3D Bridge in Amsterdam – The Future?
Comment was requested on the 3D printing process and what it might mean for structural engineering. The bridge in the image is a Dutch Start-up project (MX3D) intended to be created by multi-axis robots which print metals, plastics and combinations of materials.
The image above is an artists impression by Joris Laarman, in conjunction with the printing company, Heijmans.
To quote from the Laarman: “This bridge will show how 3D printing finally enters the world of large-scale, functional objects and sustainable materials while allowing unprecedented freedom of form.”
See also…. Cablestay.com Blog
Structural Engineers – What Role to Play?
This is a very interesting development which offers construction techniques which minimise site labour and, like offsite construction methods, places greater degree of control in the hands of specialist structural designers.
Individual designs (ignoring any aesthetics aspects) would be, it is surmised, a collaboration between stress engineers, product engineers and materials scientists in terms of selection of materials, with structural and civil engineers placed in the position of delivering the site specific matters. Ground conditions, foundations, design brief assessment, defining loadings, buildability and so on, traditionally are civil and structural engineering skills.
Taking a historic analogy with the eminent structural engineer Peter Rice in the design of the Pompidou Centre in Paris, the conceptual design of the structural tied-back frame support and the ends of the building involved cast steel gerberettes in which the design of the castings and materials relied on the specialist technical knowledge of the foundry and materials specialists.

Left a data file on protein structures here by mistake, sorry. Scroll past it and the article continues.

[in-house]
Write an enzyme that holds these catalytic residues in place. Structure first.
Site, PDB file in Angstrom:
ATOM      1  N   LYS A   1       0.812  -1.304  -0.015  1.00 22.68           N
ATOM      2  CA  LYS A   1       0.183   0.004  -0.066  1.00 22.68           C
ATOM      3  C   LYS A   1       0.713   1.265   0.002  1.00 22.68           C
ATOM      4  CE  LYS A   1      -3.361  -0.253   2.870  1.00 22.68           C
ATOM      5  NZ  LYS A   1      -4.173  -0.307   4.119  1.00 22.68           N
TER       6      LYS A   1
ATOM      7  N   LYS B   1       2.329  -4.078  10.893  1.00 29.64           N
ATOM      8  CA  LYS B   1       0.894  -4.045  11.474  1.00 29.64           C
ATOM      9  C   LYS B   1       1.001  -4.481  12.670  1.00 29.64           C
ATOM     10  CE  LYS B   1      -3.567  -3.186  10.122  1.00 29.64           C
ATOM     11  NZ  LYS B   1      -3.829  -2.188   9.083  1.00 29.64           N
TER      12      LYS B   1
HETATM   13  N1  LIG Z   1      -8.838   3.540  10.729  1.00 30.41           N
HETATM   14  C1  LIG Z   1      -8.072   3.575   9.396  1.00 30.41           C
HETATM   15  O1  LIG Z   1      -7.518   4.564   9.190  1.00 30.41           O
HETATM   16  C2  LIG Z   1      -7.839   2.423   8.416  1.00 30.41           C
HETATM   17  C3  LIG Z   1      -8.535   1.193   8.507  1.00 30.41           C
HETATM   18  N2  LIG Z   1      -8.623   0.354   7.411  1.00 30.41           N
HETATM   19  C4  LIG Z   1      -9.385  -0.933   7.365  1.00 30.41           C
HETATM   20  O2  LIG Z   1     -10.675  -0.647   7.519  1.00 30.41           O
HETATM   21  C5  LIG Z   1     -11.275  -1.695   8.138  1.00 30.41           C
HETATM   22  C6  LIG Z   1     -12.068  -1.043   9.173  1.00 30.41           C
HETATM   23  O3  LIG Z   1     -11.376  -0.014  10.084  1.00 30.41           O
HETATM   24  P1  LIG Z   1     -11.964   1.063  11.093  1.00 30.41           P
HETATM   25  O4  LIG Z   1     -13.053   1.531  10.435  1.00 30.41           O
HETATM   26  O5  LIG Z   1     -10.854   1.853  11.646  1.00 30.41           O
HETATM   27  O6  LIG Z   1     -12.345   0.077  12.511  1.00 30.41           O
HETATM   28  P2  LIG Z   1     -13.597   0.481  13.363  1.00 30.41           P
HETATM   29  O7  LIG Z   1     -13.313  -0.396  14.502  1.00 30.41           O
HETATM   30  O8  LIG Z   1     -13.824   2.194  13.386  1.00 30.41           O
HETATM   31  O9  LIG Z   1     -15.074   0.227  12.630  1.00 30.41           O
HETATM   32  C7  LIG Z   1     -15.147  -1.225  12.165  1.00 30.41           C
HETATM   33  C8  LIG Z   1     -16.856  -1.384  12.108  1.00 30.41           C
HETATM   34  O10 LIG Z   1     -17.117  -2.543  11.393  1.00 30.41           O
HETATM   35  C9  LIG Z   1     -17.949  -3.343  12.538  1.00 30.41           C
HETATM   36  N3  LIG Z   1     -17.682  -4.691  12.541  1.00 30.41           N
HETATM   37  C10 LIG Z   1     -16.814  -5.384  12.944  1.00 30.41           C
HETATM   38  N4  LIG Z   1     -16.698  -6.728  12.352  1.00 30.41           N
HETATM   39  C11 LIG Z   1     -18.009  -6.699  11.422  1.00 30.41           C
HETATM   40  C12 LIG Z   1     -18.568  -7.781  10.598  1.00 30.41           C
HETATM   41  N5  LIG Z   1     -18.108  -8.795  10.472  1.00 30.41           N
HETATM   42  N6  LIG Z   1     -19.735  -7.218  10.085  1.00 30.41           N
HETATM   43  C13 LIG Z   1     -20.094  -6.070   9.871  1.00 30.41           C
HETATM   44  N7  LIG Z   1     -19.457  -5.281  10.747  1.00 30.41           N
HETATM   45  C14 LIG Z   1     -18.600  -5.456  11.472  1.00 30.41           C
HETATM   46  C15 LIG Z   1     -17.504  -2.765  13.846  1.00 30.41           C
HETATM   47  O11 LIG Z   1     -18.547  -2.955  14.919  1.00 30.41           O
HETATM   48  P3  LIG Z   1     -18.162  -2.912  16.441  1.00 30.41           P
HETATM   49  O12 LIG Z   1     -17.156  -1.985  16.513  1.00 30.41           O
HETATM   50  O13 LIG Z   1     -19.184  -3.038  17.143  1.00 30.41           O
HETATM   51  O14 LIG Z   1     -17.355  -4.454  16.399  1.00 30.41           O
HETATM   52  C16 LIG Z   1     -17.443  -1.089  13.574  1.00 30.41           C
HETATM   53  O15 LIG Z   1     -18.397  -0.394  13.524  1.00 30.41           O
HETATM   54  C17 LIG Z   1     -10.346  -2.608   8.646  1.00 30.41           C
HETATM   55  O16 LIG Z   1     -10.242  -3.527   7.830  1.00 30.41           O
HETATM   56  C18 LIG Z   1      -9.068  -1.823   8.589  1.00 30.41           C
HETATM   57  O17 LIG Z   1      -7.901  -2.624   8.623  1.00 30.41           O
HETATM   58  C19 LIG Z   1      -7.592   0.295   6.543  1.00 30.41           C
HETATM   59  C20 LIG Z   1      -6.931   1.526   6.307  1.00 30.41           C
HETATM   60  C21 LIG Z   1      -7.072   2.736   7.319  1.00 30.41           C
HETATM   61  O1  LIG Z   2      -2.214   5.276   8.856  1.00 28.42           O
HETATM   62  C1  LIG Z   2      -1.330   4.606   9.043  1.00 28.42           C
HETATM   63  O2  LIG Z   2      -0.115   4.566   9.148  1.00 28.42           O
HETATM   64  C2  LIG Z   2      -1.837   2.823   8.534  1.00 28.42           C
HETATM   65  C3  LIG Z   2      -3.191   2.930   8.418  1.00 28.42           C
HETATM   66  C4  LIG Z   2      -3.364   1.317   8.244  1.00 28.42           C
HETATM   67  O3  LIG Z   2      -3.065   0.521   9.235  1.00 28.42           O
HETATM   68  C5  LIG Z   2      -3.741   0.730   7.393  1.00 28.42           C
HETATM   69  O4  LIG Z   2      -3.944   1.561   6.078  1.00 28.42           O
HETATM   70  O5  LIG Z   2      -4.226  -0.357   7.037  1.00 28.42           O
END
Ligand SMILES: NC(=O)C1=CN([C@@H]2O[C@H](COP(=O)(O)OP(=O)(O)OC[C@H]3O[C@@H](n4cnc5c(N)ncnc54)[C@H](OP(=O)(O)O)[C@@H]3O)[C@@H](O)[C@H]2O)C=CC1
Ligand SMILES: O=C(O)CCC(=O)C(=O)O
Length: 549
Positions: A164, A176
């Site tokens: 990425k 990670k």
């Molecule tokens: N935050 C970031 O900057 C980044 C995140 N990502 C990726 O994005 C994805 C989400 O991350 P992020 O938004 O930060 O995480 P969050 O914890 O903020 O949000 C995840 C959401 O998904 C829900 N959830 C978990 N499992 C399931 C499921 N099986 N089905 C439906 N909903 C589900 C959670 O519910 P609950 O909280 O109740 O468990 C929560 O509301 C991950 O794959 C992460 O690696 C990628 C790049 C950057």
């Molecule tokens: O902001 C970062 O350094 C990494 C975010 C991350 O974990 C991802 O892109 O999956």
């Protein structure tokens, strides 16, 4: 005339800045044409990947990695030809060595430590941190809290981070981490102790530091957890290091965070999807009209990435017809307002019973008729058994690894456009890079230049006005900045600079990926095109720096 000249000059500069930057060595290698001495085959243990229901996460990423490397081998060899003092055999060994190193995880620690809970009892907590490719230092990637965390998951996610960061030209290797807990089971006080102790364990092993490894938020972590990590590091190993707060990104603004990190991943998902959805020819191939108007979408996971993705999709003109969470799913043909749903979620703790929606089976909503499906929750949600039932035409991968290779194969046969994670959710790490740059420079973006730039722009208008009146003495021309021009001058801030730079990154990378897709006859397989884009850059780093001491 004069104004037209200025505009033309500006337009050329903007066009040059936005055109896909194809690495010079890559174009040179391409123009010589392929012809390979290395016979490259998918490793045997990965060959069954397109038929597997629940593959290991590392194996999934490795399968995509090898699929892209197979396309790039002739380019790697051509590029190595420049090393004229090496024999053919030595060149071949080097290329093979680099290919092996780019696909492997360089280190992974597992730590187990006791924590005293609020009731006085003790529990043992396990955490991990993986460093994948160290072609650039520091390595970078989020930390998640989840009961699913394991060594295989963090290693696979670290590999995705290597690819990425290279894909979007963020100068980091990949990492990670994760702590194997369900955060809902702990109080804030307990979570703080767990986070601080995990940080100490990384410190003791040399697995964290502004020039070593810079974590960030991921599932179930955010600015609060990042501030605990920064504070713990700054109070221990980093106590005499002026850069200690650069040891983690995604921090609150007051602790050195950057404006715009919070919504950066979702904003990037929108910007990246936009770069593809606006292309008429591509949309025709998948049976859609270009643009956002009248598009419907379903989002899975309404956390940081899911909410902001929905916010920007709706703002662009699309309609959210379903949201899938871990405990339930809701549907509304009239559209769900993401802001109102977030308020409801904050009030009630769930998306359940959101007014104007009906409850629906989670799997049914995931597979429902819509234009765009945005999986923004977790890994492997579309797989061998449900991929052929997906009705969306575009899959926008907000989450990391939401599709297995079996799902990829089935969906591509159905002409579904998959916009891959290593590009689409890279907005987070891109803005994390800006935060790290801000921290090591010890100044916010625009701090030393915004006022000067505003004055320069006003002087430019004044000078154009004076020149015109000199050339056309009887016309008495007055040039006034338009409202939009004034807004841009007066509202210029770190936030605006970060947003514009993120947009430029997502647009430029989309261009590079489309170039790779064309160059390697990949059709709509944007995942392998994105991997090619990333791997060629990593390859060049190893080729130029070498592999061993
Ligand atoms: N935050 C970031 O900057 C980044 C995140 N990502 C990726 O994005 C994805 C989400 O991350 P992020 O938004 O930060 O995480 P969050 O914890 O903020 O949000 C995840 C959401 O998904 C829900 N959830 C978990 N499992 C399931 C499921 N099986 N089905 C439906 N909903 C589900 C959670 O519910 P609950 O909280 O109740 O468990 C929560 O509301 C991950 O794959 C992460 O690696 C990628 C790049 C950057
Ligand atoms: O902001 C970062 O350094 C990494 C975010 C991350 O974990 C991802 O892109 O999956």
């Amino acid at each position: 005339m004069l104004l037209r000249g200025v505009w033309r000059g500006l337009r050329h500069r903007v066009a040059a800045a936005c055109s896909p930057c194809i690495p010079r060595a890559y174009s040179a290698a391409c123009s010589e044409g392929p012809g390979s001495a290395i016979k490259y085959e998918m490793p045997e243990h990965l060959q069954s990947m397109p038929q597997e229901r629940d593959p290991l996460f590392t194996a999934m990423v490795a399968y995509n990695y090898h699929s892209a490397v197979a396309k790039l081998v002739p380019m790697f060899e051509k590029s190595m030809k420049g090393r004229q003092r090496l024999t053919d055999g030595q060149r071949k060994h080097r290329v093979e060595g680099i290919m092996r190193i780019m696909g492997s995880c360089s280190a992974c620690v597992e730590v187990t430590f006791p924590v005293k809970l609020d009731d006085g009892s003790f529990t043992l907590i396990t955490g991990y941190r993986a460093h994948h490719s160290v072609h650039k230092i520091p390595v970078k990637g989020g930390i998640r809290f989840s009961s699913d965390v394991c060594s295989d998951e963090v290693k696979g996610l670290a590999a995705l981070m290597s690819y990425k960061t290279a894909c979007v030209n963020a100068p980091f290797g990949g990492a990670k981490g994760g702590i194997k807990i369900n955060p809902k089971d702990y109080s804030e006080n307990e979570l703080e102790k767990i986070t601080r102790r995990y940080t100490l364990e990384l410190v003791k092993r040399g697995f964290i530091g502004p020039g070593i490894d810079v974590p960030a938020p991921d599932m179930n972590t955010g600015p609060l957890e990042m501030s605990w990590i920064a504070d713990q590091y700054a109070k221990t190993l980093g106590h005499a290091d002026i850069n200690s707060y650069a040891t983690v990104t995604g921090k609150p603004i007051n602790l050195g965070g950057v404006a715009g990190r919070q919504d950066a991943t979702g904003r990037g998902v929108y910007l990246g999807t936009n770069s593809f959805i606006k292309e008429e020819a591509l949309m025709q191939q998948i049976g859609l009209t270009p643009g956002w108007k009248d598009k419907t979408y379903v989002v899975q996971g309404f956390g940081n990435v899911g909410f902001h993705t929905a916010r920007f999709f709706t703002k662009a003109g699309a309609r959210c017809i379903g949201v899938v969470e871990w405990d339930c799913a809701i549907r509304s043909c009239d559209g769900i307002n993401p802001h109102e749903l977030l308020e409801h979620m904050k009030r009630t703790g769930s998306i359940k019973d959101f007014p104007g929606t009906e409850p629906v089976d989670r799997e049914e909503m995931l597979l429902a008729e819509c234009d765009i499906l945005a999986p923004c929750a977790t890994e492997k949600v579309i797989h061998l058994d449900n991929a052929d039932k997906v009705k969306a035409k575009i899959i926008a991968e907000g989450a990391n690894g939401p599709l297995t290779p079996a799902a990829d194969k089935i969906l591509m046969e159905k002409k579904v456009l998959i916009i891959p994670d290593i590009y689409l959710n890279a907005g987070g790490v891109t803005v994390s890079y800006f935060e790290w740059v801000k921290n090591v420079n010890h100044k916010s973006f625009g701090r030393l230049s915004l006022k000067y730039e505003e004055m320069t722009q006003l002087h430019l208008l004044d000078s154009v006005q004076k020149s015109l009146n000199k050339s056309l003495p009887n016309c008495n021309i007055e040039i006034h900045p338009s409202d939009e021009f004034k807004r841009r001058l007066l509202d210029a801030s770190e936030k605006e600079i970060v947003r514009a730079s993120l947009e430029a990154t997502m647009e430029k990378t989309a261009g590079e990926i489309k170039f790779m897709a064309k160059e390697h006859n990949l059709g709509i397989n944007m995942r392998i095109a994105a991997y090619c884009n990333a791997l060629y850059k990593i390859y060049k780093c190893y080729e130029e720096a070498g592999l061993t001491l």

Structural engineers in day to day design may select materials ‘off the shelf’ – such as steel sections, timber or engineered joists, precast concrete sections, and have sufficient knowledge to put these together into a coherent whole. They seldom need the input of specialists for this purpose.
Limitations of The Current 3D Printing Process?
The MX3D bridge appears to be a ‘tree-like’ structure rather like a truss in which the principle loadings within the individual elements is compression. It is assumed that 3D printing, at the present time, will not be able to reproduce the benefits of extruding or rolling processes (among others) of manufacture which temper the strengths of many materials so that they usefully act in tension. The writer does not profess to be an expert in this subject.
At present, perhaps, for foot bridges and lightly loaded structures, 3D printing is not far from practical application.
As for sustainability it is not easy to comment. The materials used would need a high degree of processing before they were ready for use – along with the design and manufacture of the robots building the bridge. Is not the use of minimally manufacturing intensive materials, such as timber, and unskilled local labour less sustainable? Its sustainability is a matter of conjecture, at best, for the time being, it is contended.
Having said all this, taking the example of the medieval builders, who produced beautiful structures, even with the limitations of compression, perhaps it is not beyond the imagination, that a combination of 3D printing with designs generated by fractals and fractal mechanics (invented by the mathematician Benoit Mandelbrot with applications in various fields) might create some beautiful structures hitherto un-imagined? It would need a set of specific rules, which are defined by structural parameters.
Now there’s a thought for the next generation of engineers!